A British teen has died after she attempted suicide over fears of being self-quarantined with the coronavirus.
19-year-old waitress, Emily Owen from King’s Lynn in London died in a hospital on Sunday after trying to take her own life due to fears of the “mental health impacts” of isolation amid the COVID-19 outbreak, the Sun reports.
Days before she was found critically ill on Wednesday, March 18., Owen warned relatives she was unable to deal with “her world closing in, plans being canceled and being stuck inside” during the global pandemic, according to the report.
Owen had been in critical condition since the suicide attempt before her relatives decided to remove her from life support, allowing doctors to prepare her organs for donation.
The 19-year-old who registered as an organ donor at the age of 12 will have her body parts donated to four people, including three children, according to the fundraiser, which had raised more than $3,100 as of Wednesday.
“We are heartbroken that we won’t see her breeze through our doors like a tornado of energy again, or hear her distinctive laugh,” the post reads. “She was a big part of our team and we will miss her enormously.”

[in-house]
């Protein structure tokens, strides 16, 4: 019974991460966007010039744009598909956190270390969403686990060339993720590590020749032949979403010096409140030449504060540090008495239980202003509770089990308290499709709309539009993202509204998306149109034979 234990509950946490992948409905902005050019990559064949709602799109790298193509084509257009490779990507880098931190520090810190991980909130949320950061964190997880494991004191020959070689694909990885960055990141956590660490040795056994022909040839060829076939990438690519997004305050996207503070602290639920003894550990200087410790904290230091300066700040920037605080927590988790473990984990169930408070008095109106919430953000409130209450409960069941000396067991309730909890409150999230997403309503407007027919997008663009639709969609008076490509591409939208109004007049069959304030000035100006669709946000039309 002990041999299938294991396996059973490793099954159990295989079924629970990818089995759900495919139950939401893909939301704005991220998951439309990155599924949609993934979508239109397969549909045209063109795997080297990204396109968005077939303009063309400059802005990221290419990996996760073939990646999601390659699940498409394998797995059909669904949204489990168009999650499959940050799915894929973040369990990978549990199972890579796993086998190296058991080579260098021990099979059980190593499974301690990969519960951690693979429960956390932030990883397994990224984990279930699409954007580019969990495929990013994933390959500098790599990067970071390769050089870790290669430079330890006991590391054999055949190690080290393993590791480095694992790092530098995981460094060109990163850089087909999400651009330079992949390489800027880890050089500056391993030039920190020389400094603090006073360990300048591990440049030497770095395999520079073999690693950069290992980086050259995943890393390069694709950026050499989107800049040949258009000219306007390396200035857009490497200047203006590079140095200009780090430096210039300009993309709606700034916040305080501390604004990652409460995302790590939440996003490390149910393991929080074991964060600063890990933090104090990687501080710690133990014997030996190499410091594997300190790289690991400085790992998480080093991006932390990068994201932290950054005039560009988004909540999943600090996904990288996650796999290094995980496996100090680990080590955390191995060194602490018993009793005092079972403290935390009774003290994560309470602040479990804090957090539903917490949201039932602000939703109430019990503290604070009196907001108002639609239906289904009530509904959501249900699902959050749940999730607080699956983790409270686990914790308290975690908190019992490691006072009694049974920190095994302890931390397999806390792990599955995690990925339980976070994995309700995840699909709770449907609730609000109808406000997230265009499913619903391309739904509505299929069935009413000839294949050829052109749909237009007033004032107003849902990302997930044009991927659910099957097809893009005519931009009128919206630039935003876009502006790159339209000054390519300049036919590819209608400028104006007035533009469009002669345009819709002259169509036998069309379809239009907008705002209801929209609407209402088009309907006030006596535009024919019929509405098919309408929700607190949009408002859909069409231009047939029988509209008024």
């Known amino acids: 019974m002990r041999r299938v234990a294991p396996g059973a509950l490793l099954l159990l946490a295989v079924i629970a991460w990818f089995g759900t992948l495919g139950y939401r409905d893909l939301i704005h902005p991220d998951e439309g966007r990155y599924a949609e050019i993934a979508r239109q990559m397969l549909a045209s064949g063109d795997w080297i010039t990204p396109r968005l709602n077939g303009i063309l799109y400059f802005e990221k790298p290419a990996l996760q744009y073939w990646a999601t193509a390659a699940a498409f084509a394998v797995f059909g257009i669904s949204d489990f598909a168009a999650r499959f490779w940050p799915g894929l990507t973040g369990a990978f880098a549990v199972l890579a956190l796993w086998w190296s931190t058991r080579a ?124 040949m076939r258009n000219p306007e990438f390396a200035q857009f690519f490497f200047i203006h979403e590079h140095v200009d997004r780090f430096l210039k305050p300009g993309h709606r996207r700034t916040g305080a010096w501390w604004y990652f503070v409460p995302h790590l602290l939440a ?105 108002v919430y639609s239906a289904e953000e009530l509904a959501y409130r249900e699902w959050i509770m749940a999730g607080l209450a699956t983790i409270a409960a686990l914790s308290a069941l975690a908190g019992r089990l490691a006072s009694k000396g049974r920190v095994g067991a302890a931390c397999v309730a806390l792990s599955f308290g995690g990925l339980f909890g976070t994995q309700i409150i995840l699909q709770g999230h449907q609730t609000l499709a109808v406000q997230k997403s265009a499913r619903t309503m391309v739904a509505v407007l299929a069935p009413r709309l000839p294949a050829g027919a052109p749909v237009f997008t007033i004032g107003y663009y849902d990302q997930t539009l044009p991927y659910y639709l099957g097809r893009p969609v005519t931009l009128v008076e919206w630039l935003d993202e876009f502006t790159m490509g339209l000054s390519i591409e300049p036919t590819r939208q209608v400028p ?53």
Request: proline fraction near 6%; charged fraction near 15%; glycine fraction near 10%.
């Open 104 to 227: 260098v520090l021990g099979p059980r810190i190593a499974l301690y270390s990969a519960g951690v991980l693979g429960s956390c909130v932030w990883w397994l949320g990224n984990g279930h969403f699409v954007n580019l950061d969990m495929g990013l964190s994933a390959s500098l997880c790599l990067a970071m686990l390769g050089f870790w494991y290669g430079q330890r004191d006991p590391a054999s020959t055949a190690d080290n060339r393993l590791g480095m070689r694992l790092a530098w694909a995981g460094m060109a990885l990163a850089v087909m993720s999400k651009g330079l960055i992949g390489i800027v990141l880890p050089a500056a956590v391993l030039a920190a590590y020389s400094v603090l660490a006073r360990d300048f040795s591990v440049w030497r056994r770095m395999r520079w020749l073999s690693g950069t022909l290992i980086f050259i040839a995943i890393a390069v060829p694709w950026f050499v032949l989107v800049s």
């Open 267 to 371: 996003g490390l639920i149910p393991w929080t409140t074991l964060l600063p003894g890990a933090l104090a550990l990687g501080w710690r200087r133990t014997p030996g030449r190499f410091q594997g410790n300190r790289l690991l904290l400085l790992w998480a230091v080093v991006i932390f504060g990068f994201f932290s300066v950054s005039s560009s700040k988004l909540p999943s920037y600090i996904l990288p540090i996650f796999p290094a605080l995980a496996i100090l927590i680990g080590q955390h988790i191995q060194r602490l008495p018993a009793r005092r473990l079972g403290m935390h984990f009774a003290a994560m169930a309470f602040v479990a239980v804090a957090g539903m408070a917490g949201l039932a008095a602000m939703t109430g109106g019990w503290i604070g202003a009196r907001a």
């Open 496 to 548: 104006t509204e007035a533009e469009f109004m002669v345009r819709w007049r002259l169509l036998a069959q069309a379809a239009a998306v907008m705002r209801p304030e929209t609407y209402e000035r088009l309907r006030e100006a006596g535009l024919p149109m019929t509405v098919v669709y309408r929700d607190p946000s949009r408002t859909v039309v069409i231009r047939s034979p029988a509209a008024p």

Owen’s sister, Annabel, said her family was “absolutely devastated” by the loss, the Sun reports.
Annabel added in the Facebook tribute: ‘We are all absolutely devastated but also immensely proud of everything she achieved in her life.
‘So many people have messaged us saying how Emily helped them through hard times of their own, and we had no idea how much positive impact she had on those around her.
‘To many people, Emily was a really fun, energetic, happy girl, but only a few were aware of the many years of internal battles she had.
She also revealed that Emily had been diagnosed with “high-functioning autism” four years ago and struggled to fit in.
‘Few people are aware but four years ago she was diagnosed with high-functioning autism and had a daily battle to fit in and conform to social norms.
‘She didn’t want anyone to know, but now she has gone we want to make people know that autism comes in all shapes and sizes.’